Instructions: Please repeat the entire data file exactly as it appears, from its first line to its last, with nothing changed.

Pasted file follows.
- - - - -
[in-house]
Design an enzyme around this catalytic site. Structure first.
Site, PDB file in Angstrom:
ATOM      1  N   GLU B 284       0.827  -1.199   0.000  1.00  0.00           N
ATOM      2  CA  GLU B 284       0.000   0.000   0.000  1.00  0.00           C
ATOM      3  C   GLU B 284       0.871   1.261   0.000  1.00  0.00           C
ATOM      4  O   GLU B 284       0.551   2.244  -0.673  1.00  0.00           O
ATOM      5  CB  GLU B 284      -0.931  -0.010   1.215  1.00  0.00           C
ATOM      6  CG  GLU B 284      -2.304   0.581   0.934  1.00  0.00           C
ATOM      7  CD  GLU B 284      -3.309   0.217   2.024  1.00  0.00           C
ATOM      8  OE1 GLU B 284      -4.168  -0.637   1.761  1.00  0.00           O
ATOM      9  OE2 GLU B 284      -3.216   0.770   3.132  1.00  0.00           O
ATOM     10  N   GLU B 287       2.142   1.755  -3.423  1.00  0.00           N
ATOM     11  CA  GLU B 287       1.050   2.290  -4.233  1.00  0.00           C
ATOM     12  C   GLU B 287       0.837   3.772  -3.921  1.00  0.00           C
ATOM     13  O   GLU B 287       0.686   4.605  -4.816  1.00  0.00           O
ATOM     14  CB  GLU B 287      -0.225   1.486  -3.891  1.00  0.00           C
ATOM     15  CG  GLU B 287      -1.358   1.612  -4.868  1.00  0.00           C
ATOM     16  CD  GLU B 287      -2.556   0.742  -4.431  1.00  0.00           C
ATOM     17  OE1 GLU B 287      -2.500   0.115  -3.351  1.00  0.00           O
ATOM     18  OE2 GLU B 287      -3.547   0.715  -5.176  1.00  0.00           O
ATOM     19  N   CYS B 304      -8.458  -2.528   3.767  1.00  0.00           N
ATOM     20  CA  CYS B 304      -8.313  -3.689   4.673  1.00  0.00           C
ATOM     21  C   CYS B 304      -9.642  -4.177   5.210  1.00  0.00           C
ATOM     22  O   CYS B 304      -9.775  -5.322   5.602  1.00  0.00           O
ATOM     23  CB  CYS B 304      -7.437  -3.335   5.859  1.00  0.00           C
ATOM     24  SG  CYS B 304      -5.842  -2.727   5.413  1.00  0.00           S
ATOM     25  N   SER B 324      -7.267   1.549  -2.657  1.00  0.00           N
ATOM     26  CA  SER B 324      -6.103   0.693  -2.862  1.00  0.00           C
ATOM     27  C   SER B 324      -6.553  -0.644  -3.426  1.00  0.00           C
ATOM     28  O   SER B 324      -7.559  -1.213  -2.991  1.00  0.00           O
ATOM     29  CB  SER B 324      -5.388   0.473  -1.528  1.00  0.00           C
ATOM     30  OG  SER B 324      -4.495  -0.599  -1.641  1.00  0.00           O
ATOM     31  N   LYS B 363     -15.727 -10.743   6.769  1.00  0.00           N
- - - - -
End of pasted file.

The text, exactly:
[in-house]
Design an enzyme around this catalytic site. Structure first.
Site, PDB file in Angstrom:
ATOM      1  N   GLU B 284       0.827  -1.199   0.000  1.00  0.00           N
ATOM      2  CA  GLU B 284       0.000   0.000   0.000  1.00  0.00           C
ATOM      3  C   GLU B 284       0.871   1.261   0.000  1.00  0.00           C
ATOM      4  O   GLU B 284       0.551   2.244  -0.673  1.00  0.00           O
ATOM      5  CB  GLU B 284      -0.931  -0.010   1.215  1.00  0.00           C
ATOM      6  CG  GLU B 284      -2.304   0.581   0.934  1.00  0.00           C
ATOM      7  CD  GLU B 284      -3.309   0.217   2.024  1.00  0.00           C
ATOM      8  OE1 GLU B 284      -4.168  -0.637   1.761  1.00  0.00           O
ATOM      9  OE2 GLU B 284      -3.216   0.770   3.132  1.00  0.00           O
ATOM     10  N   GLU B 287       2.142   1.755  -3.423  1.00  0.00           N
ATOM     11  CA  GLU B 287       1.050   2.290  -4.233  1.00  0.00           C
ATOM     12  C   GLU B 287       0.837   3.772  -3.921  1.00  0.00           C
ATOM     13  O   GLU B 287       0.686   4.605  -4.816  1.00  0.00           O
ATOM     14  CB  GLU B 287      -0.225   1.486  -3.891  1.00  0.00           C
ATOM     15  CG  GLU B 287      -1.358   1.612  -4.868  1.00  0.00           C
ATOM     16  CD  GLU B 287      -2.556   0.742  -4.431  1.00  0.00           C
ATOM     17  OE1 GLU B 287      -2.500   0.115  -3.351  1.00  0.00           O
ATOM     18  OE2 GLU B 287      -3.547   0.715  -5.176  1.00  0.00           O
ATOM     19  N   CYS B 304      -8.458  -2.528   3.767  1.00  0.00           N
ATOM     20  CA  CYS B 304      -8.313  -3.689   4.673  1.00  0.00           C
ATOM     21  C   CYS B 304      -9.642  -4.177   5.210  1.00  0.00           C
ATOM     22  O   CYS B 304      -9.775  -5.322   5.602  1.00  0.00           O
ATOM     23  CB  CYS B 304      -7.437  -3.335   5.859  1.00  0.00           C
ATOM     24  SG  CYS B 304      -5.842  -2.727   5.413  1.00  0.00           S
ATOM     25  N   SER B 324      -7.267   1.549  -2.657  1.00  0.00           N
ATOM     26  CA  SER B 324      -6.103   0.693  -2.862  1.00  0.00           C
ATOM     27  C   SER B 324      -6.553  -0.644  -3.426  1.00  0.00           C
ATOM     28  O   SER B 324      -7.559  -1.213  -2.991  1.00  0.00           O
ATOM     29  CB  SER B 324      -5.388   0.473  -1.528  1.00  0.00           C
ATOM     30  OG  SER B 324      -4.495  -0.599  -1.641  1.00  0.00           O
ATOM     31  N   LYS B 363     -15.727 -10.743   6.769  1.00  0.00           N